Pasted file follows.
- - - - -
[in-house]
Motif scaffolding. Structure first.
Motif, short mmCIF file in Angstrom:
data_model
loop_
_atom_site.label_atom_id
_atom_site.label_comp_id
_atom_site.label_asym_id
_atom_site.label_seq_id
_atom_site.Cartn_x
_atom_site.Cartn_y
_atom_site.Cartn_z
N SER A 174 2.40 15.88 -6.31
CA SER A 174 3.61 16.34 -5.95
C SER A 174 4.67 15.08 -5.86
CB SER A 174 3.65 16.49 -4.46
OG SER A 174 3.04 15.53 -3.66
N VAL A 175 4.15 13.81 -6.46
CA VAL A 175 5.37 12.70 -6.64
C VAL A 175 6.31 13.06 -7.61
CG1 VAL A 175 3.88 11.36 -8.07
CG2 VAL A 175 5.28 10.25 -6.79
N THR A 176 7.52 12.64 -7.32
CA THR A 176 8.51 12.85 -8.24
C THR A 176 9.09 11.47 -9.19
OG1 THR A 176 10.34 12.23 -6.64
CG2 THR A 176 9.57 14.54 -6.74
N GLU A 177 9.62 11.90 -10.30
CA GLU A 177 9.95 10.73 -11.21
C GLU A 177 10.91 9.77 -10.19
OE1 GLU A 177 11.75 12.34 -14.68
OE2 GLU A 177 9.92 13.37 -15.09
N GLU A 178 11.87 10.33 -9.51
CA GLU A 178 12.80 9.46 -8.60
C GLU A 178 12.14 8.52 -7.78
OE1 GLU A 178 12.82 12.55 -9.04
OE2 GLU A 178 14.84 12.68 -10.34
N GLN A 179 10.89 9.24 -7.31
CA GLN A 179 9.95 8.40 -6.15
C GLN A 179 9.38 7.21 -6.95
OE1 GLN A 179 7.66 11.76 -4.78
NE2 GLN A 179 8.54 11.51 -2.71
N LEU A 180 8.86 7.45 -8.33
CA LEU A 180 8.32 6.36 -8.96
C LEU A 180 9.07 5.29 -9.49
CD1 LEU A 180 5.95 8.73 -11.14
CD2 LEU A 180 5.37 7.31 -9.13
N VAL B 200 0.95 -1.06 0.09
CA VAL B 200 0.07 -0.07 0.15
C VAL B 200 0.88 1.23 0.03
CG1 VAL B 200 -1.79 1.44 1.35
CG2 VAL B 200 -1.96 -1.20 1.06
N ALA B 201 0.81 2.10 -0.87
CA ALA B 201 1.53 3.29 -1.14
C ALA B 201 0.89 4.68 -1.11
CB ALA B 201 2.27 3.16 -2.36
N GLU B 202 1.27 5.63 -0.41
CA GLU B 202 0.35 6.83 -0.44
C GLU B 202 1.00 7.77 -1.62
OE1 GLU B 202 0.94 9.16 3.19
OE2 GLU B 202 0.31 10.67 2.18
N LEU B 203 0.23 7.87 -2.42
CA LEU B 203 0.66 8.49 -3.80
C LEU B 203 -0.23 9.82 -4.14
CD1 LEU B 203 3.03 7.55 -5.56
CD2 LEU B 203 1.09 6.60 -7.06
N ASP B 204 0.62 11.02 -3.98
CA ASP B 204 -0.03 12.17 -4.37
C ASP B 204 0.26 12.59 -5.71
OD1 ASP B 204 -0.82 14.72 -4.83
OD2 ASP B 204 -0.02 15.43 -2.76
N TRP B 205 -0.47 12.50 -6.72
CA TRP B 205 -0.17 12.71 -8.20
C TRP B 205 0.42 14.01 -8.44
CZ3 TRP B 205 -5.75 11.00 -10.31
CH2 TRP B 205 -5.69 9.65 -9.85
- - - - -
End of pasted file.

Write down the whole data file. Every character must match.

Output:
[in-house]
Motif scaffolding. Structure first.
Motif, short mmCIF file in Angstrom:
data_model
loop_
_atom_site.label_atom_id
_atom_site.label_comp_id
_atom_site.label_asym_id
_atom_site.label_seq_id
_atom_site.Cartn_x
_atom_site.Cartn_y
_atom_site.Cartn_z
N SER A 174 2.40 15.88 -6.31
CA SER A 174 3.61 16.34 -5.95
C SER A 174 4.67 15.08 -5.86
CB SER A 174 3.65 16.49 -4.46
OG SER A 174 3.04 15.53 -3.66
N VAL A 175 4.15 13.81 -6.46
CA VAL A 175 5.37 12.70 -6.64
C VAL A 175 6.31 13.06 -7.61
CG1 VAL A 175 3.88 11.36 -8.07
CG2 VAL A 175 5.28 10.25 -6.79
N THR A 176 7.52 12.64 -7.32
CA THR A 176 8.51 12.85 -8.24
C THR A 176 9.09 11.47 -9.19
OG1 THR A 176 10.34 12.23 -6.64
CG2 THR A 176 9.57 14.54 -6.74
N GLU A 177 9.62 11.90 -10.30
CA GLU A 177 9.95 10.73 -11.21
C GLU A 177 10.91 9.77 -10.19
OE1 GLU A 177 11.75 12.34 -14.68
OE2 GLU A 177 9.92 13.37 -15.09
N GLU A 178 11.87 10.33 -9.51
CA GLU A 178 12.80 9.46 -8.60
C GLU A 178 12.14 8.52 -7.78
OE1 GLU A 178 12.82 12.55 -9.04
OE2 GLU A 178 14.84 12.68 -10.34
N GLN A 179 10.89 9.24 -7.31
CA GLN A 179 9.95 8.40 -6.15
C GLN A 179 9.38 7.21 -6.95
OE1 GLN A 179 7.66 11.76 -4.78
NE2 GLN A 179 8.54 11.51 -2.71
N LEU A 180 8.86 7.45 -8.33
CA LEU A 180 8.32 6.36 -8.96
C LEU A 180 9.07 5.29 -9.49
CD1 LEU A 180 5.95 8.73 -11.14
CD2 LEU A 180 5.37 7.31 -9.13
N VAL B 200 0.95 -1.06 0.09
CA VAL B 200 0.07 -0.07 0.15
C VAL B 200 0.88 1.23 0.03
CG1 VAL B 200 -1.79 1.44 1.35
CG2 VAL B 200 -1.96 -1.20 1.06
N ALA B 201 0.81 2.10 -0.87
CA ALA B 201 1.53 3.29 -1.14
C ALA B 201 0.89 4.68 -1.11
CB ALA B 201 2.27 3.16 -2.36
N GLU B 202 1.27 5.63 -0.41
CA GLU B 202 0.35 6.83 -0.44
C GLU B 202 1.00 7.77 -1.62
OE1 GLU B 202 0.94 9.16 3.19
OE2 GLU B 202 0.31 10.67 2.18
N LEU B 203 0.23 7.87 -2.42
CA LEU B 203 0.66 8.49 -3.80
C LEU B 203 -0.23 9.82 -4.14
CD1 LEU B 203 3.03 7.55 -5.56
CD2 LEU B 203 1.09 6.60 -7.06
N ASP B 204 0.62 11.02 -3.98
CA ASP B 204 -0.03 12.17 -4.37
C ASP B 204 0.26 12.59 -5.71
OD1 ASP B 204 -0.82 14.72 -4.83
OD2 ASP B 204 -0.02 15.43 -2.76
N TRP B 205 -0.47 12.50 -6.72
CA TRP B 205 -0.17 12.71 -8.20
C TRP B 205 0.42 14.01 -8.44
CZ3 TRP B 205 -5.75 11.00 -10.31
CH2 TRP B 205 -5.69 9.65 -9.85